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Is DMAA coming back?

Our most recent list of DMAA products on the Internet market shows a rise in the number available, including some apparently new products.

DMAA has been illegal for use as an ingredient in dietary supplements for more than 3 years. It still is, but just when you think it would be disappearing from the market, it seems to be on a slight rise again. Our online search of available dietary supplements with DMAA turned up 11 products we had never encountered before, in addition to 34 products still on the list since before DMAA became illegal. We also found 50 discontinued products with DMAA still being sold by third-party retail outlets.

Unfortunately, illegal substances of all kinds are readily available on the Internet. For example, ephedra has been illegal since 2004, when FDA acted on growing reports of severe adverse events, including deaths, associated with the popular weight-loss supplement ingredient. However, products containing ephedra are commonly marketed online. Even substances on the Drug Enforcement Agency’s list of controlled substances can be purchased online. Worse, laboratory testing of dietary supplement products sometimes reveals the presence of illegal ingredients even when they aren’t listed on the products’ labels.

Ingredients such as DMAA are not allowed in dietary supplements because, according to FDA, “they can be a health risk to consumers.” Stay informed, starting with the OPSS FAQ about DMAA and updated list of Dietary Supplements/Products Containing DMAA.

DoD’s DMAA report

The DoD Safety Review Panel has completed its review of DMAA, and the report is now available on HPRC’s website. The result is that DMAA-containing products will no longer be sold on military installations.

The Department of Defense (DoD) Safety Review Panel published their findings on DMAA in a recent report now available through HPRC. The Assistant Secretary of Defense for Health Affairs asked the Safety Review Panel to evaluate the safety of DMAA-containing dietary supplement products. The Panel has recommended that the sale of DMAA-containing products be prohibited in all military exchanges.

HPRC maintains a list of dietary supplement products containing DMAA and periodically updates this list. The most recent version can be found on HPRC’s website. Note that, as of the FDA announcement in April 2013, DMAA is illegal in the U.S. as an ingredient in dietary supplements. For more information, visit the OPSS FAQ about DMAA. Operation Supplement Safety (OPSS) can provide service members and their families with information to make informed decisions about dietary supplement use. For the full DoD Safety Review Panel report, see the link on HPRC's Dietary Supplements web page.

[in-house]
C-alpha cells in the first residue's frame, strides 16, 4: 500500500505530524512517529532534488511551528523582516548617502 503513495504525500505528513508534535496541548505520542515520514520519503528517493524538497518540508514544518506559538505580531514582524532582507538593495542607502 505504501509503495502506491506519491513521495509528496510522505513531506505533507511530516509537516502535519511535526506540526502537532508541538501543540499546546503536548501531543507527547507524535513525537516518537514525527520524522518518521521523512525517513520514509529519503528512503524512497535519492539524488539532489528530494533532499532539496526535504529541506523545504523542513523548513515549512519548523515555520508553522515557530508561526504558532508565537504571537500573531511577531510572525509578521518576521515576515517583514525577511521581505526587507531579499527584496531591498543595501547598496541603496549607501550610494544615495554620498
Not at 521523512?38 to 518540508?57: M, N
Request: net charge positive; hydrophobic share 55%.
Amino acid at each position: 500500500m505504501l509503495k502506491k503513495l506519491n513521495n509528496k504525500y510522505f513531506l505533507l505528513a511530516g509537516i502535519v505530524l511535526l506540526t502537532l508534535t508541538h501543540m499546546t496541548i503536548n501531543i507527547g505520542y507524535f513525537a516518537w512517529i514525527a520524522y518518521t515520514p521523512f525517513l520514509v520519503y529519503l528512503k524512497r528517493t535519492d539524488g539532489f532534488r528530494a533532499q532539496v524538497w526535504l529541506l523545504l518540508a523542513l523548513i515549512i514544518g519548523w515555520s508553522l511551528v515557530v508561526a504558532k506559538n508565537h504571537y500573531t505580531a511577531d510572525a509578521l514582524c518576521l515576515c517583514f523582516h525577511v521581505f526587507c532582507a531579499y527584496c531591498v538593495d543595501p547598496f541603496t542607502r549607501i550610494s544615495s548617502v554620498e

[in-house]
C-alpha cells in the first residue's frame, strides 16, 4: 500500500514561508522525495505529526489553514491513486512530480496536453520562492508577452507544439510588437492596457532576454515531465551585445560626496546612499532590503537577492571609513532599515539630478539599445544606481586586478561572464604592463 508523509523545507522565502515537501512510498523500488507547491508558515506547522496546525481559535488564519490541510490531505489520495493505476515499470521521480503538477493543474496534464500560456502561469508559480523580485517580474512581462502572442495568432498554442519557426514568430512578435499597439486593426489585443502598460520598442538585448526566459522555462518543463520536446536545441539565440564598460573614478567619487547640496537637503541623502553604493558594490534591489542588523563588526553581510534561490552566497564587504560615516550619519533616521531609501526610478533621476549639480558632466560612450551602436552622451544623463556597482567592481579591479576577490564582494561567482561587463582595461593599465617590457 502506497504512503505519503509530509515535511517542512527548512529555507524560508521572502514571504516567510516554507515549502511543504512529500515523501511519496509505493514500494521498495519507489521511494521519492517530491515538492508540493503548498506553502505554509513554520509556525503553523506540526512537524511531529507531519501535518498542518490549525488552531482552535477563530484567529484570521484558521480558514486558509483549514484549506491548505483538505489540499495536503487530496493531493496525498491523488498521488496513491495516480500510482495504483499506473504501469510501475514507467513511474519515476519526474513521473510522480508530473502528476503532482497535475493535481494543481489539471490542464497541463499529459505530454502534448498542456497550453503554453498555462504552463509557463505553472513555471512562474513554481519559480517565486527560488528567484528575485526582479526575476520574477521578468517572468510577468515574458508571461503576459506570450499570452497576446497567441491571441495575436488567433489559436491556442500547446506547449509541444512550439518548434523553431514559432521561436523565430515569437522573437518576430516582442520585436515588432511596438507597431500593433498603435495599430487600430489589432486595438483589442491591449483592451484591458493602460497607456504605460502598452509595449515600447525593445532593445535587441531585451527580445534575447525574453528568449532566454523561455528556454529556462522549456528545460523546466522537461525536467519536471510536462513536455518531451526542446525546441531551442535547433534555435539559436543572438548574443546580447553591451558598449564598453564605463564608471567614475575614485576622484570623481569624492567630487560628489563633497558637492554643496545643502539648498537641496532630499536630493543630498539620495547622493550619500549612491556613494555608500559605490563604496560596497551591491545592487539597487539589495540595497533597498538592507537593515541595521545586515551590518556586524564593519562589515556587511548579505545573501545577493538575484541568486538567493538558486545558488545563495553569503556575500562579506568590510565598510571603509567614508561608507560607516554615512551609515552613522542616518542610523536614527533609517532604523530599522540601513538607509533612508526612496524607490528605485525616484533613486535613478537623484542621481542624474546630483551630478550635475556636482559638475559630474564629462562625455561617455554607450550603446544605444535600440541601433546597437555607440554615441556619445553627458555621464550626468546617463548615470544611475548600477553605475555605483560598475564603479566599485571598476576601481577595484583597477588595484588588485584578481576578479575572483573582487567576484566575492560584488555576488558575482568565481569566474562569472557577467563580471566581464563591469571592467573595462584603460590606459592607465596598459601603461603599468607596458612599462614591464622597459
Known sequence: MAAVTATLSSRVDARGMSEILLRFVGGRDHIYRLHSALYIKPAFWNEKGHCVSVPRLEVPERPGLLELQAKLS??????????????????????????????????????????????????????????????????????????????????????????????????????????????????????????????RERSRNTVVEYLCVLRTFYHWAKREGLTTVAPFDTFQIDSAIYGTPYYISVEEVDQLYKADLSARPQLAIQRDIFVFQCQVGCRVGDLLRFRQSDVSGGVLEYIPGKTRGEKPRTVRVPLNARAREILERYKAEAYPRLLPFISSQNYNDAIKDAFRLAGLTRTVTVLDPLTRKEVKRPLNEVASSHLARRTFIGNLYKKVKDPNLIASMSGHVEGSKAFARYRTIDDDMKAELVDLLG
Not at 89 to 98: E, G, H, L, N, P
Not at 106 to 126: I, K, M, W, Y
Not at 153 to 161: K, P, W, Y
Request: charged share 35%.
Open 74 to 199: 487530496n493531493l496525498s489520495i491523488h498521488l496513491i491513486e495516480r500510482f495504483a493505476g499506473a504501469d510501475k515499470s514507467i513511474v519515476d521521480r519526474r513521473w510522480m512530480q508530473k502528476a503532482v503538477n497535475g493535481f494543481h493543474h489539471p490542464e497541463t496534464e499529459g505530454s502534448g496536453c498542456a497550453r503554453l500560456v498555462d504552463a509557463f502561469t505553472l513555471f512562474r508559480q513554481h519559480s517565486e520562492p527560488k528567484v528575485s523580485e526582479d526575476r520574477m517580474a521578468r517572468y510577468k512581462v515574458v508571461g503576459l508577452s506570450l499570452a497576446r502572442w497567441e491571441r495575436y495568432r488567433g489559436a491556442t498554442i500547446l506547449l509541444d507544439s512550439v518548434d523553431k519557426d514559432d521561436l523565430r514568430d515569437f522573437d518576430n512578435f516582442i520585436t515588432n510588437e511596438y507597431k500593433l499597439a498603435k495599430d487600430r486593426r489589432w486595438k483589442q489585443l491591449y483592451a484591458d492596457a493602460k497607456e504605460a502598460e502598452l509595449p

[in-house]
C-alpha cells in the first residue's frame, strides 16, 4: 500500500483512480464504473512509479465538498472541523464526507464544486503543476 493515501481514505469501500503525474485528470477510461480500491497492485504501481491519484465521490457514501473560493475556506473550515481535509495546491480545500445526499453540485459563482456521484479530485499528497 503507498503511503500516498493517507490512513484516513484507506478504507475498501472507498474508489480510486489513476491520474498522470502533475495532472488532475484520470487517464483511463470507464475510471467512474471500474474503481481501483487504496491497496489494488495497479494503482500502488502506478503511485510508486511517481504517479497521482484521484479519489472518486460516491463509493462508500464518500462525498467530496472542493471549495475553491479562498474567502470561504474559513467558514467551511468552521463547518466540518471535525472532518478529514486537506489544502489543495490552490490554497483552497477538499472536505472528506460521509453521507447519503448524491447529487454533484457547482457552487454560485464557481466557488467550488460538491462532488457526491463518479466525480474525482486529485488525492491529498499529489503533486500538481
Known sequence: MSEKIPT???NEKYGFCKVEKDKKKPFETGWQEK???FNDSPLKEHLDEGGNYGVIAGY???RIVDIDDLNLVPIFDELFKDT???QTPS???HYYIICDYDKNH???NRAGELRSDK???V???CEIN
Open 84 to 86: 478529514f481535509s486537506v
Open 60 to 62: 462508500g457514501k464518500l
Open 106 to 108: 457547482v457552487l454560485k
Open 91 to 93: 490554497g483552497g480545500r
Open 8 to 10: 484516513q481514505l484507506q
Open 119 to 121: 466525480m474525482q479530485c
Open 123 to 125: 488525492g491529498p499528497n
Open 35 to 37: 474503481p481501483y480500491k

FDA warns: DMAA in dietary supplements now illegal

FDA urges consumers to check all dietary supplement product labels to ensure they do not contain the illegal stimulant DMAA.

The Food and Drug Administration (FDA) has issued a Consumer Update warning of the potential dangers of DMAA, which was announced illegal in dietary supplements on 11 April 2013. DMAA is also referred to as dimethylamylamine and other names. This dietary supplement product ingredient has been used in many weight-loss, bodybuilding, and performance-enhancement products. FDA received numerous reports of illnesses and death from the use of products containing DMAA; commonly reported reactions include heart and nervous system problems as well as psychiatric disorders. DMAA has been the focus of conflicting information regarding whether or not it is a natural extract from geranium. FDA has now found “the information insufficient to defend the use of DMAA as an ingredient in dietary supplements.” Online, FDA also stated, "Dietary supplements containing DMAA are illegal and FDA is doing everything within its authority to remove these products from the market."

For more information, read the FDA Q&A on DMAA here.

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